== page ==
Hard-drinking cowboys, cattle barons, outlaws, gold miners – the masculine heroes of the Old West are often romanticized, while independent women were often maligned and looked down upon - especially those women who made a business of selling their bodies. All the more so if they were successful at it. The stories of the madams in this volume reveal Miss Kitty of the long-running television series Gunsmoke as a faint shadow of the raucous reality of saloon girls. Enss successfully breathes a bit of life into some of the West’s most notorious women of the night.
The women left their mark on history starting with their aliases - Squirrel Toothed Alice, Big Nose Kate, and Madam Mustache. They were not afraid to use their wits or their guns to defend their hard-won cash - or their communities, for that matter. In 1837, Eleanora Dumont, along with ten other armed citizens, prevented a riverboat from fobbing off its smallpox-ridden passengers on Fort Benton, Missouri. They pitched in when natural disaster struck, as well. When a tremendous earthquake wreaked havoc on San Francisco in 1906, Jessie Hayman and her girls fed and clothed thousands of homeless people.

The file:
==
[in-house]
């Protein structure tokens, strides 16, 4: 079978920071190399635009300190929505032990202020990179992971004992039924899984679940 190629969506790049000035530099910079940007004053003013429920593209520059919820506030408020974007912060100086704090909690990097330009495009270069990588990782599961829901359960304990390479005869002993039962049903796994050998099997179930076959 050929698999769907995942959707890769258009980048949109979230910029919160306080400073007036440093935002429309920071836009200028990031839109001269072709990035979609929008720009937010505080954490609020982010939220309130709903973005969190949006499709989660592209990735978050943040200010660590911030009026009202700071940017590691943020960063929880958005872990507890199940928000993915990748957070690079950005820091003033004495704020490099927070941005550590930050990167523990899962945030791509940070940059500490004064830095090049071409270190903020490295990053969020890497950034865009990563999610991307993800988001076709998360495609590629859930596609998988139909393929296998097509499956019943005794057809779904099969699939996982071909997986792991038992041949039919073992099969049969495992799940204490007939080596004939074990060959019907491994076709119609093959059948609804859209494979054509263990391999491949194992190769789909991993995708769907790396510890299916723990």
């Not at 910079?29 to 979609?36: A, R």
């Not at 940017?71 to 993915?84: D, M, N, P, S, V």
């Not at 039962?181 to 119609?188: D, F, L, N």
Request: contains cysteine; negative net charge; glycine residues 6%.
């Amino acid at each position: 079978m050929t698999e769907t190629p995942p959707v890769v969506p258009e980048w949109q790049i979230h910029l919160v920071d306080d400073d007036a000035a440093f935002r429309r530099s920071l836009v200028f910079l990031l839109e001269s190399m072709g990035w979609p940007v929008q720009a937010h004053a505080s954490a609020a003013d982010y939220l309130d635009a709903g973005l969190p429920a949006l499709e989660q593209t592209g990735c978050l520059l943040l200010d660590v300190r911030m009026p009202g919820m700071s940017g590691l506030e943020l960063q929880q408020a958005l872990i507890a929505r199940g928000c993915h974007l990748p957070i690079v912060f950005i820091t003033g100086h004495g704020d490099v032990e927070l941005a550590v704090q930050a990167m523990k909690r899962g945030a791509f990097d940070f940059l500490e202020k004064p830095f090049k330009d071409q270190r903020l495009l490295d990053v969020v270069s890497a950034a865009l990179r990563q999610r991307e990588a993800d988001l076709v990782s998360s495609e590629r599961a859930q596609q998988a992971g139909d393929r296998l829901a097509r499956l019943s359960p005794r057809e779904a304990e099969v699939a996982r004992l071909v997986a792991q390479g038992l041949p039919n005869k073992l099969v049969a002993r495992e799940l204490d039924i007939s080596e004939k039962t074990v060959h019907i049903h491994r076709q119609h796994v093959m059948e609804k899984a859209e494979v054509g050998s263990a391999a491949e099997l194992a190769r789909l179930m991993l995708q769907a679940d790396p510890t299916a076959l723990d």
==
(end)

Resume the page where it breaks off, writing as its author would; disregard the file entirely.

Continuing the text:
Enss touches lightly on the lives of a dozen women of the Old West. That is where the great disappointment of this book lies. It is much too short, less than a hundred pages. She whets the appetite for a more in-depth treatment of the owners of brothels, their mark on history, and changes in attitude toward them as the areas became more civilized. To her credit, Enss includes a short bibliography where readers may find more information. This is only a primer, and Enss forgets adults have outgrown primers.Josie Cabassi, born in Italy in 1923, tells the tale of a rural peasant life and the journey to Australia in 1937. It is a tale of hardship, endurance and, above all, family. Tally Hobs, on the other hand, was born to privilege in 1922 in Peppermint Grove. With the death of his mother and an absent father, he was left to the influence of his grandparents and eventually boarding schools. Dorothy Hewett, one of Australia’s famous poets and playrights, also born in 1923, gives the reader a glance at life in Western Australia for a child in the 1930s.